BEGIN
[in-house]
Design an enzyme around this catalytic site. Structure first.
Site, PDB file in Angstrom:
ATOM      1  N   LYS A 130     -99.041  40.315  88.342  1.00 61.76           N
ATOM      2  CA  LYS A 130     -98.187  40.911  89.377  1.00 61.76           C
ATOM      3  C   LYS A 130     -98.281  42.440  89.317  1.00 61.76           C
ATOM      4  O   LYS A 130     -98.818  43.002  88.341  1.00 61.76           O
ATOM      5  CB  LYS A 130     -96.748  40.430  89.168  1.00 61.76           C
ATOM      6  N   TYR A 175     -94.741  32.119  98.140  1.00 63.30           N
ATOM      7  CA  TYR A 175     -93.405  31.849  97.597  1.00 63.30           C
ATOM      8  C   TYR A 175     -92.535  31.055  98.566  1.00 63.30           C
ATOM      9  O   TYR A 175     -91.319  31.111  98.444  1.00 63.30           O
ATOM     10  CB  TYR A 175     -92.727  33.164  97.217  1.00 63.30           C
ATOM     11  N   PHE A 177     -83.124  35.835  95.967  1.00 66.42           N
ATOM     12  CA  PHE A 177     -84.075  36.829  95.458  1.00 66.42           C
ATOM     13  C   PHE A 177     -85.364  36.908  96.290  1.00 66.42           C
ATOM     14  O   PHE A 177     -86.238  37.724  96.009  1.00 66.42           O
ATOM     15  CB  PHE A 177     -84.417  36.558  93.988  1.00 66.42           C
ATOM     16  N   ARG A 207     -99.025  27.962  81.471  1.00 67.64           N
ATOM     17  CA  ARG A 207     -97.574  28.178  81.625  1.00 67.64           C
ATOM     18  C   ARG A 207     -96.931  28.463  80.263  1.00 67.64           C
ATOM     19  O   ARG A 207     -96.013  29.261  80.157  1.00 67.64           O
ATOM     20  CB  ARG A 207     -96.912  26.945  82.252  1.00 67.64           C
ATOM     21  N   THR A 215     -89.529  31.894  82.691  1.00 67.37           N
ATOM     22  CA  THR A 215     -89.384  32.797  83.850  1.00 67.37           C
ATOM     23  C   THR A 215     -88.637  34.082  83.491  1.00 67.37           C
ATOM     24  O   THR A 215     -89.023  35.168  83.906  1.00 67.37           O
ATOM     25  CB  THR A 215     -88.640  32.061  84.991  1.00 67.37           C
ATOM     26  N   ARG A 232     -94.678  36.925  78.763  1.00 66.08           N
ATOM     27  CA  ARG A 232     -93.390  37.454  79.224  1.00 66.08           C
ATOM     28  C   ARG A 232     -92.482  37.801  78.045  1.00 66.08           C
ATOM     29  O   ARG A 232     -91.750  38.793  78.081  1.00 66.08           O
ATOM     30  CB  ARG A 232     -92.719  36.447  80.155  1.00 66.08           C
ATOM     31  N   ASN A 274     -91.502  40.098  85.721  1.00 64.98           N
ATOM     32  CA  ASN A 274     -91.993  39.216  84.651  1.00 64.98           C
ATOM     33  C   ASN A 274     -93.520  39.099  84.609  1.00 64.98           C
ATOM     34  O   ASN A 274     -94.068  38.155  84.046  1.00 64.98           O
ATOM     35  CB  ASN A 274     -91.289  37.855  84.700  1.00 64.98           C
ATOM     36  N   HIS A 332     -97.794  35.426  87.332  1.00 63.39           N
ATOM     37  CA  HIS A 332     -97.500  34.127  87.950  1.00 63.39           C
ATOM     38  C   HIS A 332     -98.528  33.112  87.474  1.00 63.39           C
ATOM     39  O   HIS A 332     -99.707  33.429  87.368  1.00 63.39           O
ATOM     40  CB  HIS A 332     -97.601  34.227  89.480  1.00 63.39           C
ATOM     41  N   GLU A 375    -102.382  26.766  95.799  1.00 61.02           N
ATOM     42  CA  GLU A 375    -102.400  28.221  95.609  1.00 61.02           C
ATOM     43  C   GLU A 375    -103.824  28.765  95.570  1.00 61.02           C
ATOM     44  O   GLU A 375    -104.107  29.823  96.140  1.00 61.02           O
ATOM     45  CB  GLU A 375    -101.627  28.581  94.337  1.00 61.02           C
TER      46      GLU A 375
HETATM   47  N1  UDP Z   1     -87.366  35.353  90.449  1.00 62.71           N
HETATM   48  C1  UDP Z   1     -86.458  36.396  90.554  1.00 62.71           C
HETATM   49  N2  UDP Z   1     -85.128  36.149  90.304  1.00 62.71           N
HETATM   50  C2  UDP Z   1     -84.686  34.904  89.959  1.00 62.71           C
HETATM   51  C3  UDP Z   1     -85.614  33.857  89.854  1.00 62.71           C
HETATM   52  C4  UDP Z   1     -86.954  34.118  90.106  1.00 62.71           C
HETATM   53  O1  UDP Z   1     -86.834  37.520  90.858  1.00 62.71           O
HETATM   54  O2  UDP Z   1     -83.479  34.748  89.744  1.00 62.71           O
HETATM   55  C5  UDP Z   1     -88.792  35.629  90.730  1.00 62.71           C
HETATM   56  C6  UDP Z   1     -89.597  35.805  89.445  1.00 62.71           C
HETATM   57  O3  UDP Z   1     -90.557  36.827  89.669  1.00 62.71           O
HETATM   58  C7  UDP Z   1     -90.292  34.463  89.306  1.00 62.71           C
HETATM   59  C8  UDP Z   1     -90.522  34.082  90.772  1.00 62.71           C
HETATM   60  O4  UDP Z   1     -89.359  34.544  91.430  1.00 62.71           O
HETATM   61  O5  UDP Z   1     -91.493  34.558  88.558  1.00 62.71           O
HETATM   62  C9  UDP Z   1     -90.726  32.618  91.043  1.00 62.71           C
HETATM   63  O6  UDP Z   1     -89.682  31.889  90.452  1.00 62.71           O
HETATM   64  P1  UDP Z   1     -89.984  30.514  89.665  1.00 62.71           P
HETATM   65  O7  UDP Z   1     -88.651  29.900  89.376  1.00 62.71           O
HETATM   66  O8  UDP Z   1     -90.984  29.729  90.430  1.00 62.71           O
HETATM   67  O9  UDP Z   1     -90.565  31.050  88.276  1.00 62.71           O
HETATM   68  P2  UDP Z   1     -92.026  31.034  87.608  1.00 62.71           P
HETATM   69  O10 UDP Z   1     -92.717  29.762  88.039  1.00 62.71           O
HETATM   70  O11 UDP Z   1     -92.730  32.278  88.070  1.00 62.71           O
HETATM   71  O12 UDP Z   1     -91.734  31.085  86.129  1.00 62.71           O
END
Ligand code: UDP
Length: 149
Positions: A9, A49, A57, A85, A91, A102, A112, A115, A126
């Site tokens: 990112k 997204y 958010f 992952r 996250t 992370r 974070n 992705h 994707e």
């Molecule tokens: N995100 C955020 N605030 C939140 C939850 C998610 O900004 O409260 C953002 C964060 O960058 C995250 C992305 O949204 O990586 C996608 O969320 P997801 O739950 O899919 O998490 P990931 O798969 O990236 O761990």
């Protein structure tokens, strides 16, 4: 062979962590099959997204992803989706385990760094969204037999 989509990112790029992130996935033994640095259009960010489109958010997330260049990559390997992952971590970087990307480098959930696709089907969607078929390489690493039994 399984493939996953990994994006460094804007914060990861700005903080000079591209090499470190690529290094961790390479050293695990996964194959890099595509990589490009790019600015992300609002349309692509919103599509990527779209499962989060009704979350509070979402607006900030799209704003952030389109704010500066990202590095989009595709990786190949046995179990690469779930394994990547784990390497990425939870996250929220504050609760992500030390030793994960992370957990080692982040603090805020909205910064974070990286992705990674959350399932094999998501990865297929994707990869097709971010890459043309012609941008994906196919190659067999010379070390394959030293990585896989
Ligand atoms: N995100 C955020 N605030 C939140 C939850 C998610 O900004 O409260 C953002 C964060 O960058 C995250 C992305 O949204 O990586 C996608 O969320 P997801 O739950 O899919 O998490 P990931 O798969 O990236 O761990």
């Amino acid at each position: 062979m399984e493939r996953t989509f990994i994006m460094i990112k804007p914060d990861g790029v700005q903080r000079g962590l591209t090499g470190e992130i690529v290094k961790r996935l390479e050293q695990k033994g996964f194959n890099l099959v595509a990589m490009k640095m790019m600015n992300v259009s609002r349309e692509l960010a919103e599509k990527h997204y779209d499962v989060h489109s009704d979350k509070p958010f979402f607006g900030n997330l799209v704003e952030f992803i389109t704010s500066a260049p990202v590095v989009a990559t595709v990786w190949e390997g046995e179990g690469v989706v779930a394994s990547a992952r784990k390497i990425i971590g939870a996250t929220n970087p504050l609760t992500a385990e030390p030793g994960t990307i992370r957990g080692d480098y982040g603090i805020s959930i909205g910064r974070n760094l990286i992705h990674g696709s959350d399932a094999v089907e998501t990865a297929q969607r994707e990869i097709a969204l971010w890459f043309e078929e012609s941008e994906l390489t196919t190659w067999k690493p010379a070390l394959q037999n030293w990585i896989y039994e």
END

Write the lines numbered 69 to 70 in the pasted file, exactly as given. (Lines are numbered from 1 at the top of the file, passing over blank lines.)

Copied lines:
HETATM   66  O8  UDP Z   1     -90.984  29.729  90.430  1.00 62.71           O
HETATM   67  O9  UDP Z   1     -90.565  31.050  88.276  1.00 62.71           O